Background and Purpose-Although stroke mortality rates in the United States are well documented, assessment of incidence rates and case fatality are less well studied. Methods-A cohort of 15 792 men and women aged 45 to 64 years from a population sample of households in 4 US communities was followed from 1987 to 1995, an average of 7.2 years. Incident strokes were identified through annual phone contacts and hospital record searching and were then validated. Results-Of the 267 incident definite or probable strokes, 83% (n=221) were categorized as ischemic strokes, 10% (n=27) were intracerebral hemorrhages, and 7% (n=19) were subarachnoid hemorrhages. The age-adjusted incidence rate (per 1000 person-years) of total strokes was highest among black men (4.44), followed by black women (3.10), white men (1.78), and white women (1.24). The black versus white age-adjusted rate ratio (RR) for ischemic stroke was 2.41 (95% CI, 1.85 to 3.15), which was attenuated to 1.38 (95% CI, 1.01 to 1.89) after adjustment for baseline hypertension, diabetes, education level, smoking status, and prevalent coronary heart disease. There was a tendency for the adjusted case fatality rates to be higher among blacks and men, although none of the case fatality comparisons across sex or race was statistically significant. Conclusions-After accounting for established baseline risk factors, blacks still had a 38% greater risk of incident ischemic stroke compared with whites. Identification of new individual and community-level risk factors accounting for the elevated incidence of stroke requires further investigation and incorporation into intervention planning.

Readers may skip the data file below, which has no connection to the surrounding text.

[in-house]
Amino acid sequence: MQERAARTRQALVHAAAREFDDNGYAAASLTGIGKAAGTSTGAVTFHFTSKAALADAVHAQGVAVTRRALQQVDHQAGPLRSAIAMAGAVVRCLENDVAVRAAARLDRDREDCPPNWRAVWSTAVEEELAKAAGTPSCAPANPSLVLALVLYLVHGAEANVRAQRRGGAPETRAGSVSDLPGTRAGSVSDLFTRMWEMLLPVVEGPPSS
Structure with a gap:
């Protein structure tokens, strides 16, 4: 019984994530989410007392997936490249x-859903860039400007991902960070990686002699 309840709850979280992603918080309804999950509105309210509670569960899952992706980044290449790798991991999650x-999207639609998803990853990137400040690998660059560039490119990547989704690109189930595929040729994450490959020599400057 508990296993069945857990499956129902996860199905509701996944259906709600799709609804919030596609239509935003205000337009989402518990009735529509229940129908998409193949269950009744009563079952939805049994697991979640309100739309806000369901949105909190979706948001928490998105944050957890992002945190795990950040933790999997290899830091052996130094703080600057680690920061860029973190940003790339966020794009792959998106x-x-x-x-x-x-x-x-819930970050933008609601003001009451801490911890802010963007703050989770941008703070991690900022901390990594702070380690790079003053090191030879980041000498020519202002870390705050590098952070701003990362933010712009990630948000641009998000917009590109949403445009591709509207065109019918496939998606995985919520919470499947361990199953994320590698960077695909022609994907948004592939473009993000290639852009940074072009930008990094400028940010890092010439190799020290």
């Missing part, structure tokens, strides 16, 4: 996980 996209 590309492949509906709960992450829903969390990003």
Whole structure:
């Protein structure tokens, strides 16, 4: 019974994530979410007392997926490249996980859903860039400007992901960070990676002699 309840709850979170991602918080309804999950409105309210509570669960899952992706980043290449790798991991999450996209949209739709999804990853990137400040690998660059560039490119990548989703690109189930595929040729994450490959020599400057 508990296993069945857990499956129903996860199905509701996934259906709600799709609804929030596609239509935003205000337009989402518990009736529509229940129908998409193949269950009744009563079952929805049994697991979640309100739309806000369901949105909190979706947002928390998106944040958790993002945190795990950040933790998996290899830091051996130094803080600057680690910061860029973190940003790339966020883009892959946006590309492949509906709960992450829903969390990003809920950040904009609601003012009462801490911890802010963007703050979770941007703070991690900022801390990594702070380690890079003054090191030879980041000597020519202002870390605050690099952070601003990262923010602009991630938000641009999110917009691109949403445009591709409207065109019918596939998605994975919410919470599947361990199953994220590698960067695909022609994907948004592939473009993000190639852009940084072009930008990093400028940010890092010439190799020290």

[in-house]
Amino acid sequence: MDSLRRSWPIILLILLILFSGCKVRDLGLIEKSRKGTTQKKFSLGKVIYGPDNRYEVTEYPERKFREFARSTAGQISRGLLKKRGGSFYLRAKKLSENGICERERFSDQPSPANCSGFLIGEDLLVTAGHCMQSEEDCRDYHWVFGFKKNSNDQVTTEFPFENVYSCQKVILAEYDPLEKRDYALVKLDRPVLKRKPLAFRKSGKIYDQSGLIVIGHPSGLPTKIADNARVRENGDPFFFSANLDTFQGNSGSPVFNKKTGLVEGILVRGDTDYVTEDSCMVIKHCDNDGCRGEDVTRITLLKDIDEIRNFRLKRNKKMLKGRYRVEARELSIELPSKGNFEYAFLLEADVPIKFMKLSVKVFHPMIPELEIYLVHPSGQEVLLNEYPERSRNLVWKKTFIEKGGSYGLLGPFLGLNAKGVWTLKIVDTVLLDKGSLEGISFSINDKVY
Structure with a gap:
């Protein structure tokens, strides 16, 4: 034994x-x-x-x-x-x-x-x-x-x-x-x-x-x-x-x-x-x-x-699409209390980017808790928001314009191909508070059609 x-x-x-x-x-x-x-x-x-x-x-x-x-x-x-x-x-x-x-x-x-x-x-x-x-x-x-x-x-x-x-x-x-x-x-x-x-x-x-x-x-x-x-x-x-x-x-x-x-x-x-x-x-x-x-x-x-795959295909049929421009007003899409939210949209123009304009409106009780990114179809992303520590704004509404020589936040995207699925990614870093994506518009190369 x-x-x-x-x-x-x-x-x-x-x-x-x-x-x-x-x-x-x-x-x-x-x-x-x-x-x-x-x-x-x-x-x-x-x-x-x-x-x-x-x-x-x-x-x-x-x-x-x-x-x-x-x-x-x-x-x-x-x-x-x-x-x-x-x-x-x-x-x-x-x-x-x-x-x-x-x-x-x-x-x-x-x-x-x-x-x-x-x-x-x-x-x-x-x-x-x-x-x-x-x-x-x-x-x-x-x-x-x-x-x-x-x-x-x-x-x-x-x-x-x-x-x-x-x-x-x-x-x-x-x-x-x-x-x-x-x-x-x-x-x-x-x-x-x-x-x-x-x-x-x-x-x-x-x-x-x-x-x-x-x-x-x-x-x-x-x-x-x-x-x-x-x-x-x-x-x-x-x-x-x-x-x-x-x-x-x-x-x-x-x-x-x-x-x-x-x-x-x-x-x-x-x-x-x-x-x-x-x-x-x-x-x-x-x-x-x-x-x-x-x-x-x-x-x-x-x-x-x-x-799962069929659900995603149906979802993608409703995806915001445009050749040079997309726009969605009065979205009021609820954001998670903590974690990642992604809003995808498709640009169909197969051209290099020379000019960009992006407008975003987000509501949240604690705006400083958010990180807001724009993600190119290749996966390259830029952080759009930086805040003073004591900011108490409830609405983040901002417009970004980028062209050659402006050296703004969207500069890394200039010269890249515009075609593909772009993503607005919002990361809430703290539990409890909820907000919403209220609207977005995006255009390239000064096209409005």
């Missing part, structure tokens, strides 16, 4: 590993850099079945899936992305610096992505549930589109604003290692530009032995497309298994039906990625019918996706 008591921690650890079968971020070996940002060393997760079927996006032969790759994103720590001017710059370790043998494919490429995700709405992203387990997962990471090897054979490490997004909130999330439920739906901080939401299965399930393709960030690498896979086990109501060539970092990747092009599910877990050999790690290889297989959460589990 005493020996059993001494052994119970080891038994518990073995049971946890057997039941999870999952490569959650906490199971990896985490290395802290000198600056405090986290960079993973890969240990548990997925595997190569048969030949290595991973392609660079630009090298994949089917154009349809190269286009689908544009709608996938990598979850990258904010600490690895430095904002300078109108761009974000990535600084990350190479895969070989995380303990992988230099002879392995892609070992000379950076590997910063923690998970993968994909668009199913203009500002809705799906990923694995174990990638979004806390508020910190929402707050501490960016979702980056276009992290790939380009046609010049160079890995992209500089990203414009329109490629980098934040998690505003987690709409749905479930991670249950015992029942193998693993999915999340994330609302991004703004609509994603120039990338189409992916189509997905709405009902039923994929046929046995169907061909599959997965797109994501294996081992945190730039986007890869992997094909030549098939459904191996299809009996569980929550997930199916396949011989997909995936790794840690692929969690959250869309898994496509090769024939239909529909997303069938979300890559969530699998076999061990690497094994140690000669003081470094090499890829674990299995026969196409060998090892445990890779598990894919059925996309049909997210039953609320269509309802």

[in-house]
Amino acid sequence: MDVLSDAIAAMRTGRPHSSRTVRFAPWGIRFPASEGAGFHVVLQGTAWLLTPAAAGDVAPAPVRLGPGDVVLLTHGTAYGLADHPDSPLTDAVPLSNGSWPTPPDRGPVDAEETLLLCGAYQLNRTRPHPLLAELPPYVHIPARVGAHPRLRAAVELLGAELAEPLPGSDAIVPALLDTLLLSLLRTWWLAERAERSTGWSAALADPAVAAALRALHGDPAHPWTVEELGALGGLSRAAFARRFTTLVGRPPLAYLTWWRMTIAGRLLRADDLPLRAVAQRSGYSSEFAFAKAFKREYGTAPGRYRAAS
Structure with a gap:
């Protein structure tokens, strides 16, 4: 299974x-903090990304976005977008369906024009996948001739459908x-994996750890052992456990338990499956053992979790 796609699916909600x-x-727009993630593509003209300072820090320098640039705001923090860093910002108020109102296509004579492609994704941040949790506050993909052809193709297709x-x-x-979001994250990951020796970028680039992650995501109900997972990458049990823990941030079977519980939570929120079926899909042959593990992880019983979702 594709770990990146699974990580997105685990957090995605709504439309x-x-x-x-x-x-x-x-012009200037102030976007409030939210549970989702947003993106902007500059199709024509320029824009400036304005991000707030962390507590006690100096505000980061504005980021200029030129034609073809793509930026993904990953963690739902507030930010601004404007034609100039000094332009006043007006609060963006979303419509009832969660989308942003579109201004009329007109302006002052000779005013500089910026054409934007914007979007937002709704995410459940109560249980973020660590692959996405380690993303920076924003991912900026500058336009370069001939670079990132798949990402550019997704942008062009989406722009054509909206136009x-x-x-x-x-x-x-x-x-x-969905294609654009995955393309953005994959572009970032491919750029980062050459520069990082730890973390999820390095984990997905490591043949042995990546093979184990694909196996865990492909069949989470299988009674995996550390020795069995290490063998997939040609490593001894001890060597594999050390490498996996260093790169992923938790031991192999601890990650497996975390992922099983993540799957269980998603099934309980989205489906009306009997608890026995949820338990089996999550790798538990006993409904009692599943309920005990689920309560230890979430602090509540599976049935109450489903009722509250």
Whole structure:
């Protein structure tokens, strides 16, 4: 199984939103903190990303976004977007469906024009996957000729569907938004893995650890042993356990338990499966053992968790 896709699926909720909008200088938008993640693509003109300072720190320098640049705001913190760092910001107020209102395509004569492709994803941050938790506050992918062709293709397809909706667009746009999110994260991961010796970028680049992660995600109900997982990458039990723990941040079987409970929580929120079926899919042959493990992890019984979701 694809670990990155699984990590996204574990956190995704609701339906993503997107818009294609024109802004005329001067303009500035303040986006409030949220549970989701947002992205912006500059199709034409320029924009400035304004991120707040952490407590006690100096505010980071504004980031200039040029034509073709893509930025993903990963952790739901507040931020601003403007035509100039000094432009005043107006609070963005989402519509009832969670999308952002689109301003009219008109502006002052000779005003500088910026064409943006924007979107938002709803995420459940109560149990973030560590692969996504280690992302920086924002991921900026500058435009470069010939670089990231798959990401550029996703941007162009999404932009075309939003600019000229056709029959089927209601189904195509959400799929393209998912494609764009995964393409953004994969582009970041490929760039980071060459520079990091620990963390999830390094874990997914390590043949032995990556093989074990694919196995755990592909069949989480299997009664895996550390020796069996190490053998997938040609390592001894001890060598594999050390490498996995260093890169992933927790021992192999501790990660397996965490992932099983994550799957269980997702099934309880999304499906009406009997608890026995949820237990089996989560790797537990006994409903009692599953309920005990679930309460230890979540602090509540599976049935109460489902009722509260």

- Cerebral infarction
- Intracerebral hemorrhage
- Racial differences
ASJC Scopus subject areas
- Clinical Neurology
- Cardiology and Cardiovascular Medicine
- Advanced and Specialized Nursing